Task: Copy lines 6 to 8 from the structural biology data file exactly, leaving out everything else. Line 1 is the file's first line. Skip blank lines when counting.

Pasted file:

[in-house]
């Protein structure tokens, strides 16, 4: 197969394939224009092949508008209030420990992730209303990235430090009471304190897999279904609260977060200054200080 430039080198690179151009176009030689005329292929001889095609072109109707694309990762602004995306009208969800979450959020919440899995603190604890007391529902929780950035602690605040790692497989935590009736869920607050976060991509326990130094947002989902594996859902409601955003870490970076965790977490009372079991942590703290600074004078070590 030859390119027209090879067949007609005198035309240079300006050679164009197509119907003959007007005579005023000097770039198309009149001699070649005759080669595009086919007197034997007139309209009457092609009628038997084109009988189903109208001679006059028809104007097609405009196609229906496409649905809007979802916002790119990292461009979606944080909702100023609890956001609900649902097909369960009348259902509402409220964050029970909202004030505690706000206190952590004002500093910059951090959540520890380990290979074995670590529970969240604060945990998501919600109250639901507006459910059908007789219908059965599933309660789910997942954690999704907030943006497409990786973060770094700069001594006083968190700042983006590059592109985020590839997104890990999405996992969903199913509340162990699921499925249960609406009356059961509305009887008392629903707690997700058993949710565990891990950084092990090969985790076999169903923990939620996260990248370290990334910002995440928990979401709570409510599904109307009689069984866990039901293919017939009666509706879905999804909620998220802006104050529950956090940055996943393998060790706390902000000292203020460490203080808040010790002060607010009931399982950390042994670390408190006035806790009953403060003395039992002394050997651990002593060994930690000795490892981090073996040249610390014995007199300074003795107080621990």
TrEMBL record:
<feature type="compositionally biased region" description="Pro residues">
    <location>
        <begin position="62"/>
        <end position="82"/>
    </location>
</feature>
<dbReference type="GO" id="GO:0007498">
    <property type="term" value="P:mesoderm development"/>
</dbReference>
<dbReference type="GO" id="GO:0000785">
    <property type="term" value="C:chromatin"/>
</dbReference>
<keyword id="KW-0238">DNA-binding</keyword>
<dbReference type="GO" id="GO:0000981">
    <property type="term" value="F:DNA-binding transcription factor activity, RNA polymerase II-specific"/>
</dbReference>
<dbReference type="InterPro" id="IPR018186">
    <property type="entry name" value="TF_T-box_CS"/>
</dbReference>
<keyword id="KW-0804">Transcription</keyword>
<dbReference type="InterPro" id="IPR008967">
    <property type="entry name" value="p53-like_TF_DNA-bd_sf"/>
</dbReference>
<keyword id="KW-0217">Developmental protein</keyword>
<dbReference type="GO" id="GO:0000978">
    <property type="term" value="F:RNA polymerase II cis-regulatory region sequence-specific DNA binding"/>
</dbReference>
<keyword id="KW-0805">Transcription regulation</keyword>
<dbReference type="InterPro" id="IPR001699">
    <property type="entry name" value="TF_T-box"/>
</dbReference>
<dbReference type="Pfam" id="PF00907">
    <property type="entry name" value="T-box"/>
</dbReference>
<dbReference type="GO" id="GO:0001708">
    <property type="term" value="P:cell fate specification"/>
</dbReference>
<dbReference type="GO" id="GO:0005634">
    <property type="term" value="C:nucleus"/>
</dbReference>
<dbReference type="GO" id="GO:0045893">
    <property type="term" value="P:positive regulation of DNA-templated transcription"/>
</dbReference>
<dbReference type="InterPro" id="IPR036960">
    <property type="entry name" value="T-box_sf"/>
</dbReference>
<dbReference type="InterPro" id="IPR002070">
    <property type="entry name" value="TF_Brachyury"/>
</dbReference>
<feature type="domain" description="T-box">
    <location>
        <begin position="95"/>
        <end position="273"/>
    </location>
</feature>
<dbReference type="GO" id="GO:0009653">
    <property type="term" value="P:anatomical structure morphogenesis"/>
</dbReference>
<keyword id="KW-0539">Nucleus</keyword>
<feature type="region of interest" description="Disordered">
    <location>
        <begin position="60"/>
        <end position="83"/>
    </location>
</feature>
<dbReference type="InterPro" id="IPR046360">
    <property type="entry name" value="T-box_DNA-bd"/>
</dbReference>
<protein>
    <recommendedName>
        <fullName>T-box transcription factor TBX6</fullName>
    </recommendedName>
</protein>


        <begin position="62"/>
        <end position="82"/>
    </location>